Eilis O'Hanlon: Rugby rape trial verdict: 'Misinformed, misconceived and malicious'... how comments on social media cast bilious clouds over a difficult and complex trial
There are times when reporting and commenting on ongoing trials can feel like tiptoeing through a legal minefield, and it doesn't get any easier once the verdict comes in.
Social media users have no such compunctions. They can say what they like, and, at the end of what's become known as the Ulster rugby rape trial, after nine long weeks in court, that's exactly what they did.
Many of the worst comments cannot even be reprinted because they're so grossly defamatory, either about the young woman who made the original complaint, or about Paddy Jackson and Stuart Olding, who yesterday were found not guilty of her rape.
Whatever side was being taken in the online war of words, the published remarks were equally irresponsible.
Furious that this "vile commentary" is allowed to go unchecked, Jackson's lawyers yesterday released a strikingly strong statement, claiming that such comments "have polluted the sphere of public discourse and raise real concerns about the integrity of the trial process."
They also denied that the acquittal of their client means there's nothing to worry about, pointing out that several days were lost to legal argument over certain social media posts.
That at least explains some of the frustrating delays which held up proceedings.
Jackson's lawyers pointed the finger particularly at Twitter, and that does seem to be the worst offender. But is there anything, realistically, that can be done to mute the blizzard of white noise on social media that now accompanies every aspect of public life?
Individual tweeters could, arguably, be hunted down and punished for contempt of court, "pour encourager les autres", as the saying goes, especially when "public figures who should know better", as the lawyers' statement described them, are foolish enough to share "misinformed, misconceived and malicious" content.
Pursuing tweeters with fewer followers and little clout, however, may be taking a sledgehammer to crack a nut.
Indeed, it's worth recalling Enoch Powell's famous declaration that a politician complaining about the Press is like a ship's captain complaining about the sea.
The internet is here to stay. If anything, its influence is only going to get more pervasive.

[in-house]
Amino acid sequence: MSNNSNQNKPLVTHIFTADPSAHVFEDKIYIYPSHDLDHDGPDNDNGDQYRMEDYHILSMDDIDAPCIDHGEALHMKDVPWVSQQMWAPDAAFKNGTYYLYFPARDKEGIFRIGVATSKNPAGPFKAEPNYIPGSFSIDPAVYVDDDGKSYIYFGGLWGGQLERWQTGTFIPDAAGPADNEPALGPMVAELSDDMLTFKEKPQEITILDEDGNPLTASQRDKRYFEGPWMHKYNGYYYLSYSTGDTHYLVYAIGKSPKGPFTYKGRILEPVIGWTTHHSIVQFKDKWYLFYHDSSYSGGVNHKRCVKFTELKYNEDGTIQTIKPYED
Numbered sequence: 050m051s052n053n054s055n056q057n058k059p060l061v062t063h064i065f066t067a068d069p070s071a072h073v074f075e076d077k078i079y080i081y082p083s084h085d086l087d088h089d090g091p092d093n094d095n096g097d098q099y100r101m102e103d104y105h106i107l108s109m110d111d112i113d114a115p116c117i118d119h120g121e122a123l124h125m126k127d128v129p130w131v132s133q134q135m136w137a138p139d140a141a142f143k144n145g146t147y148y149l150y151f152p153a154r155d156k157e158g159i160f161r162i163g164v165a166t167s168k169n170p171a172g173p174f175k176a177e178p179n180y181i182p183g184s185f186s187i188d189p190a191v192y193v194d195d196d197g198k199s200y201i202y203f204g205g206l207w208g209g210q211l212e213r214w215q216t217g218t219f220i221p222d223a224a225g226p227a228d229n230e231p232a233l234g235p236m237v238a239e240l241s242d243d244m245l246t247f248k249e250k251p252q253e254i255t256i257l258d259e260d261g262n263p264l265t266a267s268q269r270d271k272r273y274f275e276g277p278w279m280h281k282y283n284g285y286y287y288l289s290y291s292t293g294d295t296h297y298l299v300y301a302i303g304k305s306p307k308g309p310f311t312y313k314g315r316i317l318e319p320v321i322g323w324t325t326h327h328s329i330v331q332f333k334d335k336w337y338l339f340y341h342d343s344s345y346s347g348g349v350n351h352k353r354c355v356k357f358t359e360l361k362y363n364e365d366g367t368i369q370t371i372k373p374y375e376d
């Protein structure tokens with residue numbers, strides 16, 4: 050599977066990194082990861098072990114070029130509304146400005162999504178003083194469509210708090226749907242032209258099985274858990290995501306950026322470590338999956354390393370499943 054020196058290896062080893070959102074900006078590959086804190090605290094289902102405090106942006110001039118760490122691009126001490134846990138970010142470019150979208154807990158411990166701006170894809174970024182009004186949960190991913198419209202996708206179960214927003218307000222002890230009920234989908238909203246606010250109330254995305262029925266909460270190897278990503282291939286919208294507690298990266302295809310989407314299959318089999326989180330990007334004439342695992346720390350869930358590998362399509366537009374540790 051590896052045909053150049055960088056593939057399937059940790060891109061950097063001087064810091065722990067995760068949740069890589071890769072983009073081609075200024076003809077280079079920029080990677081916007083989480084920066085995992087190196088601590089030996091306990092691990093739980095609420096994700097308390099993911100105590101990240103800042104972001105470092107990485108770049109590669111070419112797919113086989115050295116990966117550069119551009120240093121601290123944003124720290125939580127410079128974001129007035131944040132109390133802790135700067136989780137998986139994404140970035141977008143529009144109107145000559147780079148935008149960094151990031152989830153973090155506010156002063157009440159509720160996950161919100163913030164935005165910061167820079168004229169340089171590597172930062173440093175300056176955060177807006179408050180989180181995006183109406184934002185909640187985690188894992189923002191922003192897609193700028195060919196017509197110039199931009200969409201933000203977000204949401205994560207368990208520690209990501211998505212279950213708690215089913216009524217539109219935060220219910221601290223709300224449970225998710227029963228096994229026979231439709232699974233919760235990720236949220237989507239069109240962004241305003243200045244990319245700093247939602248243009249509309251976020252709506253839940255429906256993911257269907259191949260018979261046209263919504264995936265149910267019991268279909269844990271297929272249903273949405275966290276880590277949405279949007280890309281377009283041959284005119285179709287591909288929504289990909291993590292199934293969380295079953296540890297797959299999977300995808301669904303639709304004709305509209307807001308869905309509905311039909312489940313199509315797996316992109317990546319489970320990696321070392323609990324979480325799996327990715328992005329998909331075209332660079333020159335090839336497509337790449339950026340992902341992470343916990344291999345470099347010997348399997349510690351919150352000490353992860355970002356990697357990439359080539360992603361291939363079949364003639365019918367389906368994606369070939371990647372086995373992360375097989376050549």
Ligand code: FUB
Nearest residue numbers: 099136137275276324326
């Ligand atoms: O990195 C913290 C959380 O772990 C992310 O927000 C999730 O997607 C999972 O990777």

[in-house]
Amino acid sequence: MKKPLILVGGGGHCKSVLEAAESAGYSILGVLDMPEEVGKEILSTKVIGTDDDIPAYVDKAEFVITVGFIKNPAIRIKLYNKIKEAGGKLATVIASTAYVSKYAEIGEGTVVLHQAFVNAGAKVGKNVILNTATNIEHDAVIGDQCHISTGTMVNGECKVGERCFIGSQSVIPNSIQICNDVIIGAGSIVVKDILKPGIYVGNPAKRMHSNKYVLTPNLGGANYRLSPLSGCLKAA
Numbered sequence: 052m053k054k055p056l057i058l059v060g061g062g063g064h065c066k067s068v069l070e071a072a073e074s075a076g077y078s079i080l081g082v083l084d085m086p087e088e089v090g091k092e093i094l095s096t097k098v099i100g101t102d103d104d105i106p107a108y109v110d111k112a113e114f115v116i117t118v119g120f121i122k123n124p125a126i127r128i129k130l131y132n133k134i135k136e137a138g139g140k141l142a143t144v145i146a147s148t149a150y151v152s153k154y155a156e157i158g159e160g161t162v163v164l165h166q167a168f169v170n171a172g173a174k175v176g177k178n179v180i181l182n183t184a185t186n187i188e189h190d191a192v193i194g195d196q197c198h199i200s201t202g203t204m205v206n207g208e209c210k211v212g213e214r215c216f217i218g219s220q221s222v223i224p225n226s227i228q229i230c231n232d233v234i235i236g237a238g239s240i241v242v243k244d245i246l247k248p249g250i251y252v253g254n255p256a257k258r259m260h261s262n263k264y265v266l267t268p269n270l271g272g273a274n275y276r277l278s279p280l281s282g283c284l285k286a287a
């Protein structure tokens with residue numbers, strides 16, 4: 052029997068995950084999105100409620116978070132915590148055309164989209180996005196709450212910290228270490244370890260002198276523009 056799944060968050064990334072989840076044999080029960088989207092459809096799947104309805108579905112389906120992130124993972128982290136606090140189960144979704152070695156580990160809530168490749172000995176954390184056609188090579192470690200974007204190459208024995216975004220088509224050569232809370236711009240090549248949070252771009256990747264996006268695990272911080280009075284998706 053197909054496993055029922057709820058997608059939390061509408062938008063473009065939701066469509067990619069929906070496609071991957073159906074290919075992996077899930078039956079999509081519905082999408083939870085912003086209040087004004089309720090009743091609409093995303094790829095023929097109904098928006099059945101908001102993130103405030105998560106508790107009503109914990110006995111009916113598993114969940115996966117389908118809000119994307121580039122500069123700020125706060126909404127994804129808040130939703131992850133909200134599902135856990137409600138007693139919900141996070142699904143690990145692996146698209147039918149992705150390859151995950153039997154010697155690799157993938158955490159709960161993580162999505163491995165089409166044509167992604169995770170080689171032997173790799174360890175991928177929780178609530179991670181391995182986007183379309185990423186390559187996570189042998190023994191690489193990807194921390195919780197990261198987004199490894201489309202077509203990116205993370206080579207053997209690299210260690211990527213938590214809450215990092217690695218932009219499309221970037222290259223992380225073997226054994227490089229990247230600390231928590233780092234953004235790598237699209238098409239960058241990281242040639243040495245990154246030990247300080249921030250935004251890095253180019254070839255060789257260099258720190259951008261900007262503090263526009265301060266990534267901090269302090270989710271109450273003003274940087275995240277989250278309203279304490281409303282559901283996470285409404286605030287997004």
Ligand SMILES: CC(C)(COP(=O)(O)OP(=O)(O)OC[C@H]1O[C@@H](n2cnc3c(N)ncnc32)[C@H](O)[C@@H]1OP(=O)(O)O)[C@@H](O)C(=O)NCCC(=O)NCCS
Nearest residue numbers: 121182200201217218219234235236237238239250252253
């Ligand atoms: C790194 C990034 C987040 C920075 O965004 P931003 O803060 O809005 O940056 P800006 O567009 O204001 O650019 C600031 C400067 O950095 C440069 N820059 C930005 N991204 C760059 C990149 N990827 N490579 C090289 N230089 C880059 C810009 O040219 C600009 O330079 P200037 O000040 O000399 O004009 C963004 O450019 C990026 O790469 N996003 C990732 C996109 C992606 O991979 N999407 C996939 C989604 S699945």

The idea that it can be tamed or controlled, or that the clock can be turned back to more genteel times, is unrealistic, either when it comes to trials, or, as the row over Facebook's negligence with all our data is proving, in politics too.
It could be that there's a place for more education of social media users to promote greater responsibility, but there will always be impulsive idiots saying things that they shouldn't online.
There's even an argument to be made that this freedom, messy as it is, does more good than harm.
Restrictions on free speech generally benefit those with something to hide.
Paddy Jackson's lawyers have called for discussions between the Lord Chief Justice, Attorney General and Public Prosecution Service to discuss more "robust mechanisms" to stop content that may prejudice trials, and that would be a welcome step; but if clamping down on internet chatter has a chilling effect on liberty, that would be too high a price to pay.
So would sequestering juries in cases attracting excessive amounts of public interest, to cut off their access to the internet.
Jury duty already represents a huge sacrifice without also disconnecting jurors from their ordinary lives and families, especially as the negative consequences of social media are easily exaggerated.
People see biased and inflammatory nonsense posted on Twitter all the time, without losing their independence of mind or ability to evaluate the truth.
Ultimately, the only answer may still be to trust jurors, having selected them to best represent a defendant's peers, to follow the judge's instructions not to look at social media, or at least not pay too much heed to it even if they do.
Few of the people throwing around wild pronouncements on Twitter will have looked at the complex range of evidence.
On both sides, they're usually just reacting to headlines, rumours, prejudice; to emotion, rather than reason.
The legal system is not immune to making mistakes, but, when they happen, it's unlikely to be the fault of social media alone.